HAY: Stored in barn. Dry, never wet. Need the room for this year’s hay. $3/bale. 808-7085
TAARUP: Hay mower/ conditioner. Spare parts and manual, field ready. $3,200. 683-5441 TRACTOR: 1301D Yanmar, with tiller. $4,000. 461-1194. TRACTORS: International model 350, late 1950s. $4,999 for both. 582-9869, leave message.
91 Aircraft 92 Heavy Equipment/Truck 93 Marine 94 Motorcycles/Snowmobiles 95 Recreational Vehicles 96 Parts/Accessories 97 Four Wheel Drive 98 Trucks/Vans 99 Cars
BURRO’S FOR SALE!! $200 each, male or female. Great horse companions or for eating your field grass. Please call 6834295 if interested. FREE HAY!!. Field grass hay, baled last year, stored outdoors under tarp. All must go!! 1423 Ward Rd, Sequim, 683-4295. HAY: Will be selling nice grass hay when weather allows cutting and baling. P.T., Chimacum and Disco Bay areas. 50 bale minimum. $4 bale. 360-732-4545. HEFERS: (3) Open Hereford for meat or breeding. Organic. $1,000 ea. firm. 452-2615, evenings. MISC: 2 British White bred heifers, 2.5 yrs. old. $1,000 ea. 6 yr. old mixed bred cow, $1,000. 360-374-5337
Heavy Equipment/ Trucks
Semi-trailer with various building materials and other items. $3,500/obo for all and trailer. 797-7063 after 9 a.m.
19’ Lightening sailboat, full sails. Teak woodwork, new seats, extended tiller arm, trailer. Good condition, and newly laminated bottom. Must sell, moving. $2,000/obo. 253-245-4531 4 WINNS: ‘90 17.5’, 90 hp Johnson. $3,500. 775-6662. ARIMA: ‘96 17’ SeaRanger. 90 hp Johnson V-4 Oceanrunner, canvas top, VHF radio, compass, depth/fish finder, USCG safety package, Shoreland’r Trailer. Excellent condition. $12,900. 360-681-2638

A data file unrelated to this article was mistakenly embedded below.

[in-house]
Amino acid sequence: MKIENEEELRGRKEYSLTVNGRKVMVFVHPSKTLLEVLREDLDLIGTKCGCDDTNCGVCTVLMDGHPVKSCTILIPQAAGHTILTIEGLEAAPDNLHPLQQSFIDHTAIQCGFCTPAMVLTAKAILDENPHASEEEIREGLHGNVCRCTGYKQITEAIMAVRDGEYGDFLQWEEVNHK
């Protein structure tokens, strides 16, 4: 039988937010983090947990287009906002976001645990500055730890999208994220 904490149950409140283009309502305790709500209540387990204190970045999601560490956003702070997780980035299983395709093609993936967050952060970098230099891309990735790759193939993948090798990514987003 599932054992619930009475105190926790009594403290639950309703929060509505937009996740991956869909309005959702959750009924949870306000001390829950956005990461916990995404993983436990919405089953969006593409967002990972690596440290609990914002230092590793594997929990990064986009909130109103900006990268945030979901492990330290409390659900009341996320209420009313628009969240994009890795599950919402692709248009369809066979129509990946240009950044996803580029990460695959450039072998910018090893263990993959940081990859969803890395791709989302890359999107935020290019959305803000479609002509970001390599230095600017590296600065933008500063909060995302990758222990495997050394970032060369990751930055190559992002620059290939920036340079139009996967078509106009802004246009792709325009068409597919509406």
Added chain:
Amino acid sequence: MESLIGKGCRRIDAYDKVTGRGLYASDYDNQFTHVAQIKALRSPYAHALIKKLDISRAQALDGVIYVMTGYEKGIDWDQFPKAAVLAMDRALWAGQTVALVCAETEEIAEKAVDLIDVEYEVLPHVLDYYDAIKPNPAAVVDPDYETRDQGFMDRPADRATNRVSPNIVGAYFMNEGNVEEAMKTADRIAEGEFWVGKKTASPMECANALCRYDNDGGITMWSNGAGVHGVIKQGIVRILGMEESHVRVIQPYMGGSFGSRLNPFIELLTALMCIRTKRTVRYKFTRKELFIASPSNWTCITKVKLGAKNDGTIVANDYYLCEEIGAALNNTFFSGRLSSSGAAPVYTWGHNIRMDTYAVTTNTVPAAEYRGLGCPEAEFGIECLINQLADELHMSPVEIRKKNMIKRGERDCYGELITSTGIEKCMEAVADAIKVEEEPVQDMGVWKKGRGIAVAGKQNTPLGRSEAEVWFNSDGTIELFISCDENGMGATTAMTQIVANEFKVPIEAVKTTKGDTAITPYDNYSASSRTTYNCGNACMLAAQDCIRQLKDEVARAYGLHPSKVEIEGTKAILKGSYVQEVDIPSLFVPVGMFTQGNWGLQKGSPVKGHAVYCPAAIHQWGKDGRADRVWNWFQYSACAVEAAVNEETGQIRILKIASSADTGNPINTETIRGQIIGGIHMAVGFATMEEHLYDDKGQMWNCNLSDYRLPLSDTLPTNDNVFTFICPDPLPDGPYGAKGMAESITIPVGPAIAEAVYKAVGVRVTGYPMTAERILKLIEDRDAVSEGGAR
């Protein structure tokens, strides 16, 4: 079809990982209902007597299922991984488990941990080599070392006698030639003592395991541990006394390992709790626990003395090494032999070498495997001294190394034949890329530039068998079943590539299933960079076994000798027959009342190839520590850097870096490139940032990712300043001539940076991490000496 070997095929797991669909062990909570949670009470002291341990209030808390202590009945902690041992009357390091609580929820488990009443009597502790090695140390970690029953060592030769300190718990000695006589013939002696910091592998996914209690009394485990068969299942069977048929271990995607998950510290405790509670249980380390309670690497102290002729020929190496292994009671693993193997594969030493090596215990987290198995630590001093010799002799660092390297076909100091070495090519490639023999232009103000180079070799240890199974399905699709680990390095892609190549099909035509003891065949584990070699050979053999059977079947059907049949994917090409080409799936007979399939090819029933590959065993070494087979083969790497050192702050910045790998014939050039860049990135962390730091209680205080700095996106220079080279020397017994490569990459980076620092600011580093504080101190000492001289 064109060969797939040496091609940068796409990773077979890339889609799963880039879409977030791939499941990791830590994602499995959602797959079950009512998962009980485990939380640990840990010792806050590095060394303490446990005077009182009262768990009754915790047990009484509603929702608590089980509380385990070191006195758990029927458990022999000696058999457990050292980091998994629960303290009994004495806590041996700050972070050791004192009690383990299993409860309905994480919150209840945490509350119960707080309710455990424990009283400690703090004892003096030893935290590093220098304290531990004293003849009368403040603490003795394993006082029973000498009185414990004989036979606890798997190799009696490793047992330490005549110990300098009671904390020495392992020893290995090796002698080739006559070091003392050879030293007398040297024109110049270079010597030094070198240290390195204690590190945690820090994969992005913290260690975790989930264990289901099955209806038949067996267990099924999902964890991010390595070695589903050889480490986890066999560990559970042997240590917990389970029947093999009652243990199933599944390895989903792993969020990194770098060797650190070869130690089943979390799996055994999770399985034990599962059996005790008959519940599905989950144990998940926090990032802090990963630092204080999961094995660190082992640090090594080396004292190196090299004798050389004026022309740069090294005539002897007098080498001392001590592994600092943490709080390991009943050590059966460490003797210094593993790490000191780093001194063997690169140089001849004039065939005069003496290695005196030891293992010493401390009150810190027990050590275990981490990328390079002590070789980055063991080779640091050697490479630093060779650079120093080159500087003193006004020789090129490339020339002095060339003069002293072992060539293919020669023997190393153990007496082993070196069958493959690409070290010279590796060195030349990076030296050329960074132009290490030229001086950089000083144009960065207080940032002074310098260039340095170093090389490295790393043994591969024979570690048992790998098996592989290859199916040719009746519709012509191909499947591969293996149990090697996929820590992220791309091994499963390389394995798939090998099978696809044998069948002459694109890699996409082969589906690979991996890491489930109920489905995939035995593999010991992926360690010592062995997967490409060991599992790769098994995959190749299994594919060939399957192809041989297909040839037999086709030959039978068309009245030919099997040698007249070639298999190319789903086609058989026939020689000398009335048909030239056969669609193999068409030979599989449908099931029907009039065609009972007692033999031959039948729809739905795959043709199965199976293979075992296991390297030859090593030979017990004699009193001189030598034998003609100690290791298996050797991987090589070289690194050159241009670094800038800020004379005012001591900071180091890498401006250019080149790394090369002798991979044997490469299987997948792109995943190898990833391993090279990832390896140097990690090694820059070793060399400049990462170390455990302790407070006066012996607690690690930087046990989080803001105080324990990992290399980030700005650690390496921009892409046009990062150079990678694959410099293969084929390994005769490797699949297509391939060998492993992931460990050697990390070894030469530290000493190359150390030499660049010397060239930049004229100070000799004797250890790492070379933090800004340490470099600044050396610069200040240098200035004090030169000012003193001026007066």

O/B: 6 hp Evinrude long shaft, excellent mechanical, extras. $625. 360-379-8207. O/B: ‘80 85 hp Johnson, Glastron boat, EZ Loader trailer. $1,800. 928-9645. SAILBOAT: ‘73 29’ Ericson. New diesel, new gps, depth finder, roller furling jib. Health forces sale. Slip Q15. $15,000. 760-792-3891 SAILBOAT: ‘75 26’ American. Trailer and Achilles, nice combo, all the goodies. $4,750/obo. Sequim 425-417-0572 SNARK: 1 boat, all uses! Sail, motor, row, fish. 115K sold. $3,927 + frt. Sound Sailboats. 457-3903.
DIRT BIKE: ‘05 Suzuki 110. $900. Excellent condition. 461-6000
HD: ‘08 1200c. Black beauty, detachable windshield, extra mufflers and forward controls, 460 mi. $7,995. 452-6448. HD: ‘81 XLS Sportster. 1,000 cc, 9K. $2,900. 461-1501. HD: ‘96 Ultra classic. 20,657 mi., stored in garage. $7,500. 360-374-5755
HONDA: ‘09 CRF50. Like new, flawless. 950 firm. 461-1981.